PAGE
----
Why Marketers Should Erect a Wall Between Audience Data and Audience Buying
When you apply for a loan, you provide a bank with your personal information, but they pull your credit history from a third-party company such as Experian, Hyperion or TransUnion. If you want to go to another bank to get a better rate on your loan, the second bank will again pull your credit history from one of these independent firms. In other words, you can buy financial products from any bank you like and they will use the same data to evaluate your creditworthiness.
Now imagine if your credit history was held by one bank and you could only buy the products they offered. The data that enabled you to buy the best product would be trapped within one company – and this company may not offer the best products in the marketplace, but you are stuck with them. It would make no sense and consumers would cry foul. Yet this is exactly what is happening in digital advertising.
Several companies who were independent, agnostic holders of customer data for large brands – often known as data management platforms or DMPs – have decided to add audience buying technology to their offerings. The reverse is also common, as former audience buying platforms (or DSPs) add proprietary data management to their offerings, with the same net result. The motivations for these moves are understandable – many see a profit opportunity and they convince their clients that there are efficiencies to be reaped from managing audience data and media buying within the same system.
Yet this setup has inherent conflicts that may be putting the interests of the technology vendor before their brand client. In the worst cases, a handful of companies are refusing to integrate with other media buying firms, thus restricting their clients to whatever audience buying capabilities they have themselves, which in many cases are not the best in the industry.
While this is the most shocking behavior, there are also ongoing conflicts that brands must guard against. A DMP has a vested interest in proving that the audience data it is warehousing is valuable for media buying, otherwise a brand would question why it is storing all this data. When the DMP is also the vendor executing the media buy, they naturally want to show the brand how integral their data was in driving the performance of a campaign. However, the reality is that sometimes audience data helps achieve a brand's objectives – and sometimes it does not. An independent media buying firm does not care what targeting package is used – they just want to use what works best to meet a brand's objectives. This is not the case with DSPs who are trying to be DMPs.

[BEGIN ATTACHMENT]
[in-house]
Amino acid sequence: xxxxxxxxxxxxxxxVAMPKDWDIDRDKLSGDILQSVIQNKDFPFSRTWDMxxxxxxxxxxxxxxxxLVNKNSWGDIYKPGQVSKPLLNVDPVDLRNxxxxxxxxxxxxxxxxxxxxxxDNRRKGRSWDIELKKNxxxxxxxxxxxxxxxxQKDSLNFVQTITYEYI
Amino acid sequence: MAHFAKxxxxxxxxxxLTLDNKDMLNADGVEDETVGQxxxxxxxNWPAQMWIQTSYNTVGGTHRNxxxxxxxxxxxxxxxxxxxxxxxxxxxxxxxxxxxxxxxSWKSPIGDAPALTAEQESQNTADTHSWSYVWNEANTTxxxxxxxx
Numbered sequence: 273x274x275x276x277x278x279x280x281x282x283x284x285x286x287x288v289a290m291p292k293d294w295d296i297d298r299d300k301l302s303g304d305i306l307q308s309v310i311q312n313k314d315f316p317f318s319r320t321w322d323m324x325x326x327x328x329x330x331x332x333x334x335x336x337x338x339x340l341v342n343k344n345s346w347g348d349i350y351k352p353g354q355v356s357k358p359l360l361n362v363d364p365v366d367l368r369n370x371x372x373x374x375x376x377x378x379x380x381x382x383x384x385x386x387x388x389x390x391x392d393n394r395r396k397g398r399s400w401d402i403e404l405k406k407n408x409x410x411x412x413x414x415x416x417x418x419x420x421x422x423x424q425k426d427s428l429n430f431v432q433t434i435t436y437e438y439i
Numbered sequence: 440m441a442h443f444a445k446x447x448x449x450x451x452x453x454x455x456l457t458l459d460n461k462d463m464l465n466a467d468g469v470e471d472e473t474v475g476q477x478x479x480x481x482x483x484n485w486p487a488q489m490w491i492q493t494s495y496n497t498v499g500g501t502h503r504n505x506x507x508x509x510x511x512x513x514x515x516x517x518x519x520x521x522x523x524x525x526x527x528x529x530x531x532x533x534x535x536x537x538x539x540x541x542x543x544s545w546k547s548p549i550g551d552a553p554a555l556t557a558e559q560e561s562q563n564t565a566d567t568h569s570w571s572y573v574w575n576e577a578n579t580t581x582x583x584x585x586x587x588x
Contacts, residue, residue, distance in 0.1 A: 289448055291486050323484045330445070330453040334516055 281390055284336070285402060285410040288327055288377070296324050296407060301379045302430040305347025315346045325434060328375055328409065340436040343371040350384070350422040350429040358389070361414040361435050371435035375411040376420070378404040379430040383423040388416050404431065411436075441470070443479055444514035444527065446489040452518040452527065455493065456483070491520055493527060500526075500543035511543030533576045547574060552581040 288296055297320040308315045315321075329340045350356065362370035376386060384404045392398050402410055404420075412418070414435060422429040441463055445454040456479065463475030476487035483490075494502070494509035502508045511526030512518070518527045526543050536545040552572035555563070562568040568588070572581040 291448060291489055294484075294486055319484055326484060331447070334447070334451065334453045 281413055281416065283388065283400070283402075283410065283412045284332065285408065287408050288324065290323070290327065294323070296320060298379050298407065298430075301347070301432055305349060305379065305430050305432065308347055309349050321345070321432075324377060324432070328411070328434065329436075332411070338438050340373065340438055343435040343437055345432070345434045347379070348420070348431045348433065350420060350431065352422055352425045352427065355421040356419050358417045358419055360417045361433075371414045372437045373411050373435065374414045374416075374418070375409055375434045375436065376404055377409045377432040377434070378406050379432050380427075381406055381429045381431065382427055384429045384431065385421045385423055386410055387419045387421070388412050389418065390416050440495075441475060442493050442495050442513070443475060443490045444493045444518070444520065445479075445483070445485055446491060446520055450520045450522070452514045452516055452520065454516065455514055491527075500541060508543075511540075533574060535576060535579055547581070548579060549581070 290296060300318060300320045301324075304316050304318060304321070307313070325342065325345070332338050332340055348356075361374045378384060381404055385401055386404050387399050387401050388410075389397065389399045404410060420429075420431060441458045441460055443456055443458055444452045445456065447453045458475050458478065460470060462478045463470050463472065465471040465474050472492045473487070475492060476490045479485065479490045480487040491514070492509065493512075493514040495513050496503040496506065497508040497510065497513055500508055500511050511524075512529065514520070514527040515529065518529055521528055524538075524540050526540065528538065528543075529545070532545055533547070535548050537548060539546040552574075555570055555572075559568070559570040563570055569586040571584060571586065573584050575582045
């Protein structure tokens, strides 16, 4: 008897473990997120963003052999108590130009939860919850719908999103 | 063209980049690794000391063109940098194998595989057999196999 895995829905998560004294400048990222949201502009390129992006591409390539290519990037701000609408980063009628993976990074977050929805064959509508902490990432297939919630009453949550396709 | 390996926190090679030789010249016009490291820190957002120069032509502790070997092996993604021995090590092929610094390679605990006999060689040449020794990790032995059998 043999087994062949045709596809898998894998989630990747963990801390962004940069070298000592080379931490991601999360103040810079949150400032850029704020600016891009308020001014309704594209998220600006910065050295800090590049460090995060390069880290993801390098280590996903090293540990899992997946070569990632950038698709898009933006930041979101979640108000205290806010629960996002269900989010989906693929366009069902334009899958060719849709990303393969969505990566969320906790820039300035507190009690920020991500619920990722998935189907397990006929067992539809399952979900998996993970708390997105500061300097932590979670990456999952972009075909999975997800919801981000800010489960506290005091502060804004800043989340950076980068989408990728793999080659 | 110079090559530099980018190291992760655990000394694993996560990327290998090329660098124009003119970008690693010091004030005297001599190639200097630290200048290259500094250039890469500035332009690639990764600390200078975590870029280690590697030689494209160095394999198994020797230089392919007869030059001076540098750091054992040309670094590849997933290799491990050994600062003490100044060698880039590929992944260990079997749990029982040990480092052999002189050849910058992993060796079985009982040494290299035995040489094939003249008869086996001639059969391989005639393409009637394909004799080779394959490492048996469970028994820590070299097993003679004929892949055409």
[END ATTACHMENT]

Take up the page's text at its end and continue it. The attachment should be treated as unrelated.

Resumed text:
We obviously bring an agenda to this as a pure-play video buying platform. But working with a variety of data companies taught us that our incentives are not always aligned, a fact that advertisers might be interested in.
It is worth noting that while most marketers believe in the promise of big data, many remain skeptical about data quality issues. They are not universally wrong. According to an internal analysis focusing on four different providers of gender-based audience segments, for instance, we found that companies disagree on gender 20.7% of the time -- meaning that for two in ten viewers, one data provider says a viewer is female, while another says it is male. Many marketers are discovering this themselves by using Nielsen's Online Campaign Ratings, which provide independent verification that a target audience was reached, and are learning that other proxies work better.
What is clear is that a buying platform's motives are simple: find what worked -- and where -- and learn from what did not so that more money flows through your system. A pure-play data company's motives are similarly sanguine: give marketers insights and they will pay for what they find useful. Whether merged companies can do the same, balancing their own motive to boost data fees with adding value to media buys, is ultimately up to marketers. Whatever happens, the stakes have never been higher: programmatic digital video advertising will be a $667 million market in 2013, according to Forrester.